> topics > Others

Channeling algorithm with mainstream value orientation

JIANG LING | 2022-03-10 | Hits:
Chinese Social Sciences Today

Passengers on a metro indulge in their own information bubbles. Photo: CFP 


Currently, there are still many problems with smart recommendation algorithms, such as deviations in their values, discrimination, and non-neutrality about the value of artificial intelligence. Other examples include aggravated information cocoons and information addiction, data security, user privacy, copyright issues, and asymmetric conflicts between the rapidly expanding smart media industry and its regulation. It is therefore imperative to guide algorithms using mainstream values. 

 
Problems 
The values of algorithms deviate due to a lack of mainstream value systems’ guidance. Society only functions well and develops healthily when guided by shared values. As a technology, algorithms have no values or ability to make moral choices, but people who build recommendation algorithms do. The values and choices of recommendation algorithms depend on their motivation and morality. For example, when it becomes acceptable that “people with mental issues should be locked up because of their violent tendencies,” the invisible support of an algorithm would bolster the inclination to treat mental patients badly. A bias that runs counter to mainstream values is conveyed by the algorithm, the invisible hand, and affects people’s thoughts. 
 
For example, some Western media outlets have long regarded smearing China as politically correct and led international opinions in a wrong direction. Major Western media platforms follow this smearing trend characterized by topics such as human rights and freedom with the help of recommendation algorithms. Consequently, there is an increasing amount of negative press which is difficult to distinguish from real news. Essentially, recommendation algorithms are man-made. If the initial reporting is biased, then artificial intelligence will be misled and make biased decisions through algorithm models. 
 
Personalized recommendations exacerbate information cocoons, information addiction, and information bias. The public, after sustained homogeneous information input, might become polarized. In the age where smart media is dominated by recommendation algorithms, problems such as information cocoons, addiction to homogeneous information, and information bias escalate. For example, platforms such as TikTok and Taobao designed their recommendation algorithms to maintain user attention and dependency. As a result, active information acquisition has been turned into passive information feeding; internet information is no longer three-dimensional and diverse, but flat and unipolar; users have begun seeing diminished self-awareness and less information choice. If recommendation algorithms dictate public opinions for much longer, it will result in a one-sided and homogeneous knowledge structure, making it difficult to accept different viewpoints. In the long run, the public will be trapped in a narrow “information cocoon” with information bias. 
 
Data security, user privacy, and copyright protection are all under serious threat. To some extent, our attention and personal data have become products sold by media platforms. Recently, the State Internet Information Office examined the collection and use of personal information by short video apps, browsers, and job-seeking apps, in accordance with relevant regulations. The examination results revealed that short video apps such as TikTok and Kuaishou, browser apps such as 360 and Baidu, and job-seeking apps such as Zhilian Zhaopin have “violated the necessary principles to various degrees by collecting information irrelevant to the services they provided.” Privacy security is under serious threat due to manipulation by recommendation algorithms.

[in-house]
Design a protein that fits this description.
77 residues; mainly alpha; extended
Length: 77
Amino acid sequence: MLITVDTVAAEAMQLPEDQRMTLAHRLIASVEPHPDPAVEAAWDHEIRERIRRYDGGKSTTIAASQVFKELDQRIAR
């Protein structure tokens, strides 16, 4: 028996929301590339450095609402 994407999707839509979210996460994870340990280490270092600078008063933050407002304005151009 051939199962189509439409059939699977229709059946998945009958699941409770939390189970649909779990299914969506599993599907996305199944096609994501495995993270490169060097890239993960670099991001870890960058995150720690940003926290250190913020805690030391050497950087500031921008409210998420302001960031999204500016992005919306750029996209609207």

The quality of content recommended by algorithms cannot be guaranteed, as we have seen an increasing amount of tasteless information. Customized recommendations generate information feeds based on user preference. However, due to certain preferences, information cocoons, information addiction, and information bias, the quality of recommended information varies. If users are fed a constant flow of popular yet false and tasteless information, media values would then deviate from mainstream values. For example, Bilibili, an internet community and video platform where Generation Z gathers, was reprimanded by the Cyberspace Administration of China due to the tasteless content on the platform. According to user complaints, some hosts on the Bilibili live streaming channel show too much skin and use tasteless language. They lure users to click, browse, and spend money. Bilibili was founded as a platform for unimpeded supply of quality content, but now it has deviated from its original intention. 
 
There is a conflict between the rapid expansion of the smart media industry and underdeveloped regulation. Recommendation algorithms are applied to smart media, leading to an asymmetric structure in the regulation of the traditional media industry. That means algorithm-based smart media platforms are already ubiquitous, but the regulation remains fragmented. Algorithms highly depend on the structural characteristics of input data, so they will promote information that receives more clicks and forwards, based on big data analysis. This results in the phenomenon of “bad money driving out good” in the media industry. 
 
Meanwhile, due to lax content copyright regulations, some media platforms aggregate content in a predatory manner, thus limiting the flow of high-quality information. Researchers analyzed algorithm-recommended news from 12 platforms in the US and found that there were inconsistencies in recommended reporters, and high-quality information cannot be recommended by the algorithms if it fails to enter the algorithmic pool. Therefore, in the face of this algorithmic dilemma, a corresponding regulatory system should be established for the smart media industry.